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Patrick Brown and priorities: Why the PC Party leader couldn’t last

Paul Wells: There is a right to a day in court—but not to the leadership of a political party and a caucus that will not have you
TORONTO, ON - JANUARY 24: PC Leader Patrick Brown heads toward the PC Caucus room for the late night press conference. The Ontario Progressive Party held a late night press conference to discus possible issues around Leader Patrick Brown. Toronto Star/Rick Madonik (Rick Madonik/Toronto Star via Getty Images)

UPDATE (1:45 AM ET): Patrick Brown has announced he will resign as leader of the Ontario PC Party, but will stay on as an MPP.

I know I’m paid to game out the electoral repercussions of public events, but it is not easy to generate much enthusiasm for the task in the wake of explosive allegations of sexual assault by Ontario Progressive Conservative leader Patrick Brown.

The province’s election, scheduled for June 7 under a fixed election-date law, will sort itself out, and suddenly seems quite distant anyway. What is much closer is the claims themselves, unearthed by CTV reporters Rachel Aiello and Glen McGregor and backed in one case by an extensive and contemporaneous social-media record. The stories told by the reporters’ two sources are far worse than stale anecdotes about an after-hours scoundrel. Rather, they suggest the systematic use of alcohol to deny meaningful consent to very young women, one of whom depended on Brown for career advancement.

These accounts have not been independently verified. Brown has denied them and said he will seek legal recourse against his accusers. That’s his right. I know Andrea Horwath, the province’s NDP leader, is the furthest thing from an impartial judge, but I think she drew a useful distinction between the right to a day in court and the right to lead a political party, come what may: only the first of those rights actually exists. Brown “deserves his day in court,” Horwath said in a news release, “but no person can lead a political party in this province with allegations like these hanging over his head.”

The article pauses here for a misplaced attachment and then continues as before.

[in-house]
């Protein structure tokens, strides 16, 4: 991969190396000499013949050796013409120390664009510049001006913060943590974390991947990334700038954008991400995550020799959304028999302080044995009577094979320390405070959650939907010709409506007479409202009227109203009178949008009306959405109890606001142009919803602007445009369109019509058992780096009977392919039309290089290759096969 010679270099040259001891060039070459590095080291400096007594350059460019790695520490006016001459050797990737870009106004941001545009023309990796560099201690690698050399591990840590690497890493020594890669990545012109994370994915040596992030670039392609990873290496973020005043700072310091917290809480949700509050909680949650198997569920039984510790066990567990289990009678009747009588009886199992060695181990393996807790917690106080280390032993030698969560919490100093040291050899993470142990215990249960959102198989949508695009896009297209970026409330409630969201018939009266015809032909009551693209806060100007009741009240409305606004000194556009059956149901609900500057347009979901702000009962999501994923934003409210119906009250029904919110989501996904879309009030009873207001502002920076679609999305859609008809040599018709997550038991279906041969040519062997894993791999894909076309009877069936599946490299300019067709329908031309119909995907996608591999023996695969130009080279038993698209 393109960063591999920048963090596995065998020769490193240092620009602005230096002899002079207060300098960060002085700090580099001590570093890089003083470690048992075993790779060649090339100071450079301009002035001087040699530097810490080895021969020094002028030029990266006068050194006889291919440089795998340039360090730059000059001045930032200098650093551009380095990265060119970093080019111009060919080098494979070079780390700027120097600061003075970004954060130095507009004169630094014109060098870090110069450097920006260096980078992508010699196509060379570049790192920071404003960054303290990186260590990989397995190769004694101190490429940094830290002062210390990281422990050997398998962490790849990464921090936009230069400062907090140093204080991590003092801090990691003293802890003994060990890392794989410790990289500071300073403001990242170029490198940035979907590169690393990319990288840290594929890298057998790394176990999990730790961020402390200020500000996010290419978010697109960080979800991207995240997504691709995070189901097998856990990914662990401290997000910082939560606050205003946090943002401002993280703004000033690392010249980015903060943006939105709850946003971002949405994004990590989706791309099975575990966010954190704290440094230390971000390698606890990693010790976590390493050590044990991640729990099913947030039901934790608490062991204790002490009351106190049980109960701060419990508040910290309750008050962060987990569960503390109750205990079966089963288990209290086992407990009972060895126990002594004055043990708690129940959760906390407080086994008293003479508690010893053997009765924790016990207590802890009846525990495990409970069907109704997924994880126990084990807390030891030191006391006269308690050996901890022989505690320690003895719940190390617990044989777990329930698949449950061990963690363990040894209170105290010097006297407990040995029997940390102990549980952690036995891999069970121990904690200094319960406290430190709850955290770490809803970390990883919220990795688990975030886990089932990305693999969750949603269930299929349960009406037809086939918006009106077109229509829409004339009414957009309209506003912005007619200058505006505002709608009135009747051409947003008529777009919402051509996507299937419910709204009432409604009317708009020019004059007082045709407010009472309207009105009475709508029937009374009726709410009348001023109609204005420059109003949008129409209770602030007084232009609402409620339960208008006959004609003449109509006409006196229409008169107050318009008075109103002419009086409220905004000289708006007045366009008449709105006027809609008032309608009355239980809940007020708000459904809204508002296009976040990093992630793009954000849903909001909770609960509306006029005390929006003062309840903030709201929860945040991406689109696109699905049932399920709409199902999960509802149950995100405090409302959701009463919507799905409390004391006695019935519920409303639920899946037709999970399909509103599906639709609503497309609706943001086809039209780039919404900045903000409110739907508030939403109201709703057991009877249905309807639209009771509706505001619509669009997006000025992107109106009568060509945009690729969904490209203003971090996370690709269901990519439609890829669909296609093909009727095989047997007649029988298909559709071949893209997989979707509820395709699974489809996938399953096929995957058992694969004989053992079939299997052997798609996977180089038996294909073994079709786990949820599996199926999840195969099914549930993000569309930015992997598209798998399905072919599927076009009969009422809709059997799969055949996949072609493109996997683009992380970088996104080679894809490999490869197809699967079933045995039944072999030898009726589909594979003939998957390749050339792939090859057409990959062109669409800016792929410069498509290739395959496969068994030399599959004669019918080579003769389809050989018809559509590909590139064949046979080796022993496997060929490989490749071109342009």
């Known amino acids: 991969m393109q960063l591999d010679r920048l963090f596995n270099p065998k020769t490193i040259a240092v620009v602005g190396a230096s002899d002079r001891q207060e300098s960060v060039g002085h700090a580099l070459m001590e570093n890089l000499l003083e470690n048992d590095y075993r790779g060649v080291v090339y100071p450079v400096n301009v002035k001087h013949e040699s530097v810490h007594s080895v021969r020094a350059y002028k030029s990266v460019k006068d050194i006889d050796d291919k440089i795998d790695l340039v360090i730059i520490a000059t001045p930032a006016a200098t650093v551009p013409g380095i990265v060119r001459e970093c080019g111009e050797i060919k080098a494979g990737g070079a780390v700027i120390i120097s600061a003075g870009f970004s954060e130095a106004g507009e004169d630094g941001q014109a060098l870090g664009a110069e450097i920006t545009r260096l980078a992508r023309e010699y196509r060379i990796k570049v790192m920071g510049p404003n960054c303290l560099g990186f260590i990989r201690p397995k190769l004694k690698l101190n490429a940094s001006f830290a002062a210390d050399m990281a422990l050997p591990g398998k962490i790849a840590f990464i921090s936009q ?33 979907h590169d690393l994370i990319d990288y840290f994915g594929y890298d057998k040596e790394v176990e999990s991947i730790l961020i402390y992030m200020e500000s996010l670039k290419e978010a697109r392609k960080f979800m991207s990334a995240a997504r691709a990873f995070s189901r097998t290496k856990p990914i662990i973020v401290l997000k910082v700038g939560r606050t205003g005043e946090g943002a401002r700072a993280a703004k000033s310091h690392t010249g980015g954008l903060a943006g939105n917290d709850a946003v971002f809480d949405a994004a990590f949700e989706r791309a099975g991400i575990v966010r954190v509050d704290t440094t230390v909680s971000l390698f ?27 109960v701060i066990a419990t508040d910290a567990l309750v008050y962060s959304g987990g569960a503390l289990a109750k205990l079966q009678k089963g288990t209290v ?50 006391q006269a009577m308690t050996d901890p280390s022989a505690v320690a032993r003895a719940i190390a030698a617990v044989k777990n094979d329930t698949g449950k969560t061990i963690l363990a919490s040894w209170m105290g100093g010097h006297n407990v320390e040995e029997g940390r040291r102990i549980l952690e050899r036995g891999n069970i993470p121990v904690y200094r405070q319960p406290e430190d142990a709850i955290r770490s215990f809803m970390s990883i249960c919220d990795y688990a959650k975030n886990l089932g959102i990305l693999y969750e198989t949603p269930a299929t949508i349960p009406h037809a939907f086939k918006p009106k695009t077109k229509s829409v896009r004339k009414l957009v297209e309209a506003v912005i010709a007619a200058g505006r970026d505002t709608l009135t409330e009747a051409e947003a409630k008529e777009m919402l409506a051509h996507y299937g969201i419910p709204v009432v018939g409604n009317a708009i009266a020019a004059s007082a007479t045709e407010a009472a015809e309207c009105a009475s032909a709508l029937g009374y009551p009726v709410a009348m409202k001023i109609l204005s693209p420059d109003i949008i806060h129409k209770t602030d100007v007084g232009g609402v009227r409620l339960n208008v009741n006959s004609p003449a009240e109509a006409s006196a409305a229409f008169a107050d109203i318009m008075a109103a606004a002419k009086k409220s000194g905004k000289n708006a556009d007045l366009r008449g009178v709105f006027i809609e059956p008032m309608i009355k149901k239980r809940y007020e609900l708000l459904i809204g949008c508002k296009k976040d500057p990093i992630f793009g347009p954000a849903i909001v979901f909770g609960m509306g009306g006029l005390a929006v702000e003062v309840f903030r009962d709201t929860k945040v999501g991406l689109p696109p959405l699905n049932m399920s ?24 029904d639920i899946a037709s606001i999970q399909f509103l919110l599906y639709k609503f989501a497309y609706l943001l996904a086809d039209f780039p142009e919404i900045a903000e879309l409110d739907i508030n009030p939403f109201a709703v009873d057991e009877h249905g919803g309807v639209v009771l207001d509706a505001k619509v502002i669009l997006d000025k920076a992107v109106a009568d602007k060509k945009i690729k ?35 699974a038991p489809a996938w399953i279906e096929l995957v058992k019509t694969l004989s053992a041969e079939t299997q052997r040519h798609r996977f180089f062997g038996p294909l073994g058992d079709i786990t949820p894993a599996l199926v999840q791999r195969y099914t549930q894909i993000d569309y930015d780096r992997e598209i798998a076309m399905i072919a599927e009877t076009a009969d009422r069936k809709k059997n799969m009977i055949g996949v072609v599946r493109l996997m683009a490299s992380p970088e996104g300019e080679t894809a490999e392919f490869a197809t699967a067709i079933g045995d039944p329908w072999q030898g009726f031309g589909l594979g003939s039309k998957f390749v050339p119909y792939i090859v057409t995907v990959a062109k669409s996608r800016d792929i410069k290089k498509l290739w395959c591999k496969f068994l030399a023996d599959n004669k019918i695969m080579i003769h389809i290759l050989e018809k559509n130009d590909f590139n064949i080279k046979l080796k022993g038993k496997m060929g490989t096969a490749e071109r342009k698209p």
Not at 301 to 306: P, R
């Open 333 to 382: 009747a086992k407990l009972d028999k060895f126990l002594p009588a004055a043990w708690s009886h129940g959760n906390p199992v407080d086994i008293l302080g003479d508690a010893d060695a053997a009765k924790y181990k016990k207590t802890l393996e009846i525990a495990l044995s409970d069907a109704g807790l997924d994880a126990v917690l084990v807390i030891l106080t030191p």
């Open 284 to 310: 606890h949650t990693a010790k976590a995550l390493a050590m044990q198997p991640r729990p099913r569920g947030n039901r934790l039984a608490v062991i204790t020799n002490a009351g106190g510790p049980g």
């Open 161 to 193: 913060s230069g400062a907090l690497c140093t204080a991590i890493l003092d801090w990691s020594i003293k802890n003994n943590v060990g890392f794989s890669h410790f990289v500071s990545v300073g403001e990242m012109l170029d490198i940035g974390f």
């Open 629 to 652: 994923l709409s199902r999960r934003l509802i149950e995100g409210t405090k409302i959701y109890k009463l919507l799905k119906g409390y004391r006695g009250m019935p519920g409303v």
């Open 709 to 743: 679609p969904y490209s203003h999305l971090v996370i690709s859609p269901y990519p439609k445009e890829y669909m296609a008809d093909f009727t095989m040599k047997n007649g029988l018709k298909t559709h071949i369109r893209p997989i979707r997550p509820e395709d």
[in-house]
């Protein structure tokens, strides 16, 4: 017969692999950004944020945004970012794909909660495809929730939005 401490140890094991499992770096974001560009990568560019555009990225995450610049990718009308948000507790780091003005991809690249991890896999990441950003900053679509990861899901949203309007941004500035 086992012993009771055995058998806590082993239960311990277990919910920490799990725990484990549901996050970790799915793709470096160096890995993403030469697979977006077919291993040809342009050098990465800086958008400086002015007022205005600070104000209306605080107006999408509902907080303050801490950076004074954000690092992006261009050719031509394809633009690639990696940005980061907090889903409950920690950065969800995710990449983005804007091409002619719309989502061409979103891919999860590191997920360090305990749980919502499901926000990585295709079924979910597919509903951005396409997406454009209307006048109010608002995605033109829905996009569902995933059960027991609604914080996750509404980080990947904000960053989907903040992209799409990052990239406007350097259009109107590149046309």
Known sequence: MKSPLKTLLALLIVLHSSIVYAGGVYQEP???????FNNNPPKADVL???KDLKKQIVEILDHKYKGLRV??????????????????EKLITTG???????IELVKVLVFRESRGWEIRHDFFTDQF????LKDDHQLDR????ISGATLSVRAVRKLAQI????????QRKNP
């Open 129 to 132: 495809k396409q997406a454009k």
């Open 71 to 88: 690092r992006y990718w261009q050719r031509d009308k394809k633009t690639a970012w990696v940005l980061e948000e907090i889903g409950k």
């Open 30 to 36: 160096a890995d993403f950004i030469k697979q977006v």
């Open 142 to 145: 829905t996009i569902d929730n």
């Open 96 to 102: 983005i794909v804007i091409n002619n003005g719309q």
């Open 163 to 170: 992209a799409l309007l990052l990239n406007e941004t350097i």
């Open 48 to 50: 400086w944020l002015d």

Among those who seem to agree are most of the people who were, until Wednesday night, Brown’s closest political advisors, including two I know personally and take to be among the most thoughtful members of their party, deputy campaign chair Dan Robertson and chief of staff Alykhan Velshi. They quit rather than support their leader. Given the success they’ve had bringing Brown close to a likely electoral victory, it must have been a terribly difficult day. But not a hard decision: Robertson and Velshi would certainly have helped Brown impose a swift exit on any member of the PC caucus who faced similar accusations, and due process take the hindmost.

READ MORE: Patrick Brown denies allegations: Transcript

Armchair political theorists sometimes lament the fact that Canadian political parties lack a formal mechanism for replacing their leaders through a simple vote of their parliamentary caucus. Caucuses used to pick and depose leaders just like that, on short notice and with no appeal to the broader party membership. Australian political party caucuses sometimes launch such “spills” against their leaders, to the delighted envy of Canadian process wonks.

On Wednesday night, observers were quick to note there is no such mechanism, either formal or traditional, in the Ontario PC constitution for deposing a leader who doesn’t want to go. I believe we’ll soon be reminded no formal mechanism is needed. Politics is the art of the possible: leading a caucus that will not have you is not possible.

Brown cannot last as leader. Who will replace him? I don’t know. Will a new leader be better for the PCs’ fortunes than he would have been? We’ll find out. It’s not, in the first instance, what matters. What matters is consent, allegedly denied to two women, now irrevocably withdrawn from one politician.